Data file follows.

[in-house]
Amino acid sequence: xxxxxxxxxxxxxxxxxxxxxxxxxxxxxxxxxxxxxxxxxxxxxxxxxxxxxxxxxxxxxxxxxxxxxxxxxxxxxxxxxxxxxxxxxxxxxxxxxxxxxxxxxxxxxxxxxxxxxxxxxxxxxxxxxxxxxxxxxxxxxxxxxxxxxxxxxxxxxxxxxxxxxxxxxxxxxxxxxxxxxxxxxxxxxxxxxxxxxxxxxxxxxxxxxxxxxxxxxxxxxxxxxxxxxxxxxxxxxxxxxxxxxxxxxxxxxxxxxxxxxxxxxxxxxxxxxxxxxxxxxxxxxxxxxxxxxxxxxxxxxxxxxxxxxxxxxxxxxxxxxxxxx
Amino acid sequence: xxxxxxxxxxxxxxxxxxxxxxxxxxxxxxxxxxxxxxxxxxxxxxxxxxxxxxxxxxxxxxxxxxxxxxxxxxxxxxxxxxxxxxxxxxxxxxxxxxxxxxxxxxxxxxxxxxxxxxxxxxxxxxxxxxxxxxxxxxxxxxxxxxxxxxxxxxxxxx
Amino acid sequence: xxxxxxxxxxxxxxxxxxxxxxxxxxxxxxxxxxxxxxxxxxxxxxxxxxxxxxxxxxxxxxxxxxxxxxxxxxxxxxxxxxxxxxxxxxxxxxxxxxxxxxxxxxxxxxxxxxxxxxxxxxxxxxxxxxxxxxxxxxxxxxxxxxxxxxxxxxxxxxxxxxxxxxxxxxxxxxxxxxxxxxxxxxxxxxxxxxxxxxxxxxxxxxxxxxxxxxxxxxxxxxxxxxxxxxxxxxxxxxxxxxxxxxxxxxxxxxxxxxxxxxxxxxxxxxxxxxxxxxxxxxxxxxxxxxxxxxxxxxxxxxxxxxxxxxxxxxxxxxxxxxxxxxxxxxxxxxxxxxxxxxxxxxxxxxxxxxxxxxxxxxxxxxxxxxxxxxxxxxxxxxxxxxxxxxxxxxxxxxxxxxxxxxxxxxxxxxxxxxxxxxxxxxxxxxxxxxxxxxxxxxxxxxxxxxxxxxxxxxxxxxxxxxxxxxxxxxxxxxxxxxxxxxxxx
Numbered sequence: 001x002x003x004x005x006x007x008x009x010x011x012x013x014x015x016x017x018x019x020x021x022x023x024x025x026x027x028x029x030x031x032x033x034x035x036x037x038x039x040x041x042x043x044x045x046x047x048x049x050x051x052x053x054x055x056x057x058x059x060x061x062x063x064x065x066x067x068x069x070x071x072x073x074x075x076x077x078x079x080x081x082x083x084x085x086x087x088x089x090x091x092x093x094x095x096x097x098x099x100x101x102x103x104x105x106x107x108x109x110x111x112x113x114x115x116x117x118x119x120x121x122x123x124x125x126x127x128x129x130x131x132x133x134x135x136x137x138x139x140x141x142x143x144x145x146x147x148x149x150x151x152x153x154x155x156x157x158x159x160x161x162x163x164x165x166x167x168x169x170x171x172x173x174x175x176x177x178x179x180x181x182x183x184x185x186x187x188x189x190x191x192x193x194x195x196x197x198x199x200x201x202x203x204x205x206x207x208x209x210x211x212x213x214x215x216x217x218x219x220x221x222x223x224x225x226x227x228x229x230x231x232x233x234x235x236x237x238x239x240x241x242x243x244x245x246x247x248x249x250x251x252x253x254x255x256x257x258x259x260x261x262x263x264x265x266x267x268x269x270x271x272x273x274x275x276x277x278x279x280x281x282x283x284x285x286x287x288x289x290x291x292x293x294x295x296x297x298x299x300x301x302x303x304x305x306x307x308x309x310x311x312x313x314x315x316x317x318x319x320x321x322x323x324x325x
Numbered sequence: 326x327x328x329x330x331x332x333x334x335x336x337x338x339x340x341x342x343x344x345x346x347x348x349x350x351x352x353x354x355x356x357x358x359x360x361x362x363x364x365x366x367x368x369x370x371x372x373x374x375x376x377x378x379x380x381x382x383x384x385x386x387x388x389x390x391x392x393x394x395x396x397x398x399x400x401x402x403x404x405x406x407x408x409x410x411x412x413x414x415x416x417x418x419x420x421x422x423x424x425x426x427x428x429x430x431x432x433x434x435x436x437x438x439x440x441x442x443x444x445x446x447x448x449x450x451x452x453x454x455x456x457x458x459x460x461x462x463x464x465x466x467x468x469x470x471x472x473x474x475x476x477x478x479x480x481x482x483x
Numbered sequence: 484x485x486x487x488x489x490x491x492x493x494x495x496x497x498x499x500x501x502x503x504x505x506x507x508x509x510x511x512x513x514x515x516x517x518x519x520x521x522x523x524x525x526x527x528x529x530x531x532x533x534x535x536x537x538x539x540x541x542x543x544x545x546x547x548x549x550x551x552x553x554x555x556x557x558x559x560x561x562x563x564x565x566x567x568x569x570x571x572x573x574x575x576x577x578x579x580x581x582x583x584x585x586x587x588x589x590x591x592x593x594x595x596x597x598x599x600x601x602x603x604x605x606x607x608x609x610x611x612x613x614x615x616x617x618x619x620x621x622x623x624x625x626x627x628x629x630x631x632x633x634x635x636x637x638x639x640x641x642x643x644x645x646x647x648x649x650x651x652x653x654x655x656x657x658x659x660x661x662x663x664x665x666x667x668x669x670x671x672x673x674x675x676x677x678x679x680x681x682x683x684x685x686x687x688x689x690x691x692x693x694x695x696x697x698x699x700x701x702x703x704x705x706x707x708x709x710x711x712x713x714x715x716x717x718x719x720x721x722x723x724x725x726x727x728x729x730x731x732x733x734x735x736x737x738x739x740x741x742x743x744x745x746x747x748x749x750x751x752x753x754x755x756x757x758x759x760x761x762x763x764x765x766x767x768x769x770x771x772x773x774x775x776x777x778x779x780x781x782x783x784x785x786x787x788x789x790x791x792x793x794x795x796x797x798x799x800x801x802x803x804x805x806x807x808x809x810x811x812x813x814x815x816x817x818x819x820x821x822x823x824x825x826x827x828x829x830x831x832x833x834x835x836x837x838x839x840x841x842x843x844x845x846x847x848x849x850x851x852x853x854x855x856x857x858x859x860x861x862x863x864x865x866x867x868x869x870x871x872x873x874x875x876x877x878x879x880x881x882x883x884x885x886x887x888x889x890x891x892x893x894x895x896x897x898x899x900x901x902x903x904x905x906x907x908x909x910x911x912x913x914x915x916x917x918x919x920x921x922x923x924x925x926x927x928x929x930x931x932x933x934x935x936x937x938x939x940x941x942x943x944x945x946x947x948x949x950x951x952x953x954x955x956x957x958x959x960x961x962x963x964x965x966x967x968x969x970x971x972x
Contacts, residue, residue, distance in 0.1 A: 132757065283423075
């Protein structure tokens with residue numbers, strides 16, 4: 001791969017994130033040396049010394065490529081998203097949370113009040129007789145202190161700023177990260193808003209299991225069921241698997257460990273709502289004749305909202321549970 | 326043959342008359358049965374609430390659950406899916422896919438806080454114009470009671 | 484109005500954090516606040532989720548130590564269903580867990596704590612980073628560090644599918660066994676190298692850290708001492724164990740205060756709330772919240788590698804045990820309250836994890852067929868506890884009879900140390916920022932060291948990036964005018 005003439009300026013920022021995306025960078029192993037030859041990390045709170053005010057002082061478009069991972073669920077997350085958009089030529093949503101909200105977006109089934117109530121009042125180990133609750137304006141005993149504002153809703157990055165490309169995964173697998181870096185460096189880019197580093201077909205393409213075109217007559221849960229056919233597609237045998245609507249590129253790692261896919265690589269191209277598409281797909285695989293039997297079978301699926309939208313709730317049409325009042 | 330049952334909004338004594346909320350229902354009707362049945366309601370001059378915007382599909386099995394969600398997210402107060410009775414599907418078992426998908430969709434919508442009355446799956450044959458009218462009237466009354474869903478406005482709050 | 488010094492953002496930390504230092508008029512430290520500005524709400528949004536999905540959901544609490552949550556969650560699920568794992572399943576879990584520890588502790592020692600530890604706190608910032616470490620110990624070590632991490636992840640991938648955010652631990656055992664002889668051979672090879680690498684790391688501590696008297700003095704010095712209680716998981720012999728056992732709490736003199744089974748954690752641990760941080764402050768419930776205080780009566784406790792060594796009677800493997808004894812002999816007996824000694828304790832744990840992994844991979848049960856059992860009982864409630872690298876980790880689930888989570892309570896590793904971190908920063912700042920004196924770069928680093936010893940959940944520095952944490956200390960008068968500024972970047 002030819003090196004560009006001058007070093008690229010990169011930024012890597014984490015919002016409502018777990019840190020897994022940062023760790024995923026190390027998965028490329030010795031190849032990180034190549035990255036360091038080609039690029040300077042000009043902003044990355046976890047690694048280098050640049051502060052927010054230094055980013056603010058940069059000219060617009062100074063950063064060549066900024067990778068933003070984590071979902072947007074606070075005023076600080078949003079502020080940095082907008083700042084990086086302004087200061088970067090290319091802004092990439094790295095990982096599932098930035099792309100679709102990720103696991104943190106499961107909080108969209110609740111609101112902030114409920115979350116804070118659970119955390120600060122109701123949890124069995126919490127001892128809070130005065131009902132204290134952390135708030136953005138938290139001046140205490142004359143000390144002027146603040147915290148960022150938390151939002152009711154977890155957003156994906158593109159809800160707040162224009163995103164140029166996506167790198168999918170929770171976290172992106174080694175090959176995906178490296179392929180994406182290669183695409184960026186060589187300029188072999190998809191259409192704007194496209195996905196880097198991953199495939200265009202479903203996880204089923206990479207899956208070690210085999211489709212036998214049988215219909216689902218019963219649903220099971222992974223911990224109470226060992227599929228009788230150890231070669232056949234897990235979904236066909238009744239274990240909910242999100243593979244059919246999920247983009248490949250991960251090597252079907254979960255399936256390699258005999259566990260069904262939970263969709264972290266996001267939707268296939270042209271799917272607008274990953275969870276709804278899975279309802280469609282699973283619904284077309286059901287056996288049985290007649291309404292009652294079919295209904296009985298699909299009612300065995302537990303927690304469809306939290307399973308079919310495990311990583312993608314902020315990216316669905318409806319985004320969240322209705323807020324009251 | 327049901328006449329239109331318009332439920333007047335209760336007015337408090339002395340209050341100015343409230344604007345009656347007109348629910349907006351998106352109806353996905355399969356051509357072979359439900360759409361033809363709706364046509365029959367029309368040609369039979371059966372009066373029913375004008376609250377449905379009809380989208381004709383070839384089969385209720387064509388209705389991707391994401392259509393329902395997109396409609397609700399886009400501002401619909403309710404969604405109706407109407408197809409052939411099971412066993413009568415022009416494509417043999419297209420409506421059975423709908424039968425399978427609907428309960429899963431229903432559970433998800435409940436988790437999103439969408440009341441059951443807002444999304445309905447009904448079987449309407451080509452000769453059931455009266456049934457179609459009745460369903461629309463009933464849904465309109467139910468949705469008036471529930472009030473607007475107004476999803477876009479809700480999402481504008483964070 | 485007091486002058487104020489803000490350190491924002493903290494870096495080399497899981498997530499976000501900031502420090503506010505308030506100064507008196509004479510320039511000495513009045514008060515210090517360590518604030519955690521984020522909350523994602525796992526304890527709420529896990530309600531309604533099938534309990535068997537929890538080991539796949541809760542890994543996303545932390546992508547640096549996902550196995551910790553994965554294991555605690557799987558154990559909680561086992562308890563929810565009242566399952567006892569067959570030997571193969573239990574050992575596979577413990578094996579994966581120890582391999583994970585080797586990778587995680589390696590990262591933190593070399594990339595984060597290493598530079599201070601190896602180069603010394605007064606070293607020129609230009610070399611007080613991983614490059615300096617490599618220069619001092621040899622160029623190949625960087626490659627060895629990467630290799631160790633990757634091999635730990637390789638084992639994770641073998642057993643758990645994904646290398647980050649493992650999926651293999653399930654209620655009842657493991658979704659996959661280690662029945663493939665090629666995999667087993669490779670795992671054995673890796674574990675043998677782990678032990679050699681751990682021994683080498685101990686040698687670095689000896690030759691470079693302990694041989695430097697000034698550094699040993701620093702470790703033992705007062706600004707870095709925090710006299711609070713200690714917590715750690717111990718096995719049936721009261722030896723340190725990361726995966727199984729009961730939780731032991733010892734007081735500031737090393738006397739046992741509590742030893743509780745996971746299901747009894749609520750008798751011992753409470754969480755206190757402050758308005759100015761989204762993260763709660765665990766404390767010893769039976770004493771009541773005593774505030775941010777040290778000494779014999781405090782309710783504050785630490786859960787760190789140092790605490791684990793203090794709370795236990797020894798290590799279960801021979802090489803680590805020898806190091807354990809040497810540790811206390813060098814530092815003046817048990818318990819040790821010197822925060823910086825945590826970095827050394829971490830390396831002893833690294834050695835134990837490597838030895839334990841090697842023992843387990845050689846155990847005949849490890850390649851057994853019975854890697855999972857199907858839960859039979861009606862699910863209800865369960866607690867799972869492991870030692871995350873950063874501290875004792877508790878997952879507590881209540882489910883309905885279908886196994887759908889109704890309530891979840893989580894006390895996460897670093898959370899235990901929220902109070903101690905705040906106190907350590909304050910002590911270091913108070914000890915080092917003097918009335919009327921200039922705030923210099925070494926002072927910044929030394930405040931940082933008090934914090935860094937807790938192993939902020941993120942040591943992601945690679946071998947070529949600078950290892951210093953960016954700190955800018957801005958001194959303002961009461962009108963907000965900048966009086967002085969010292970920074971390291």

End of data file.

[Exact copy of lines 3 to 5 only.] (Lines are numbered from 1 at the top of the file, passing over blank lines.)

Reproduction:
Amino acid sequence: xxxxxxxxxxxxxxxxxxxxxxxxxxxxxxxxxxxxxxxxxxxxxxxxxxxxxxxxxxxxxxxxxxxxxxxxxxxxxxxxxxxxxxxxxxxxxxxxxxxxxxxxxxxxxxxxxxxxxxxxxxxxxxxxxxxxxxxxxxxxxxxxxxxxxxxxxxxxxx
Amino acid sequence: xxxxxxxxxxxxxxxxxxxxxxxxxxxxxxxxxxxxxxxxxxxxxxxxxxxxxxxxxxxxxxxxxxxxxxxxxxxxxxxxxxxxxxxxxxxxxxxxxxxxxxxxxxxxxxxxxxxxxxxxxxxxxxxxxxxxxxxxxxxxxxxxxxxxxxxxxxxxxxxxxxxxxxxxxxxxxxxxxxxxxxxxxxxxxxxxxxxxxxxxxxxxxxxxxxxxxxxxxxxxxxxxxxxxxxxxxxxxxxxxxxxxxxxxxxxxxxxxxxxxxxxxxxxxxxxxxxxxxxxxxxxxxxxxxxxxxxxxxxxxxxxxxxxxxxxxxxxxxxxxxxxxxxxxxxxxxxxxxxxxxxxxxxxxxxxxxxxxxxxxxxxxxxxxxxxxxxxxxxxxxxxxxxxxxxxxxxxxxxxxxxxxxxxxxxxxxxxxxxxxxxxxxxxxxxxxxxxxxxxxxxxxxxxxxxxxxxxxxxxxxxxxxxxxxxxxxxxxxxxxxxxxxxxxx
Numbered sequence: 001x002x003x004x005x006x007x008x009x010x011x012x013x014x015x016x017x018x019x020x021x022x023x024x025x026x027x028x029x030x031x032x033x034x035x036x037x038x039x040x041x042x043x044x045x046x047x048x049x050x051x052x053x054x055x056x057x058x059x060x061x062x063x064x065x066x067x068x069x070x071x072x073x074x075x076x077x078x079x080x081x082x083x084x085x086x087x088x089x090x091x092x093x094x095x096x097x098x099x100x101x102x103x104x105x106x107x108x109x110x111x112x113x114x115x116x117x118x119x120x121x122x123x124x125x126x127x128x129x130x131x132x133x134x135x136x137x138x139x140x141x142x143x144x145x146x147x148x149x150x151x152x153x154x155x156x157x158x159x160x161x162x163x164x165x166x167x168x169x170x171x172x173x174x175x176x177x178x179x180x181x182x183x184x185x186x187x188x189x190x191x192x193x194x195x196x197x198x199x200x201x202x203x204x205x206x207x208x209x210x211x212x213x214x215x216x217x218x219x220x221x222x223x224x225x226x227x228x229x230x231x232x233x234x235x236x237x238x239x240x241x242x243x244x245x246x247x248x249x250x251x252x253x254x255x256x257x258x259x260x261x262x263x264x265x266x267x268x269x270x271x272x273x274x275x276x277x278x279x280x281x282x283x284x285x286x287x288x289x290x291x292x293x294x295x296x297x298x299x300x301x302x303x304x305x306x307x308x309x310x311x312x313x314x315x316x317x318x319x320x321x322x323x324x325x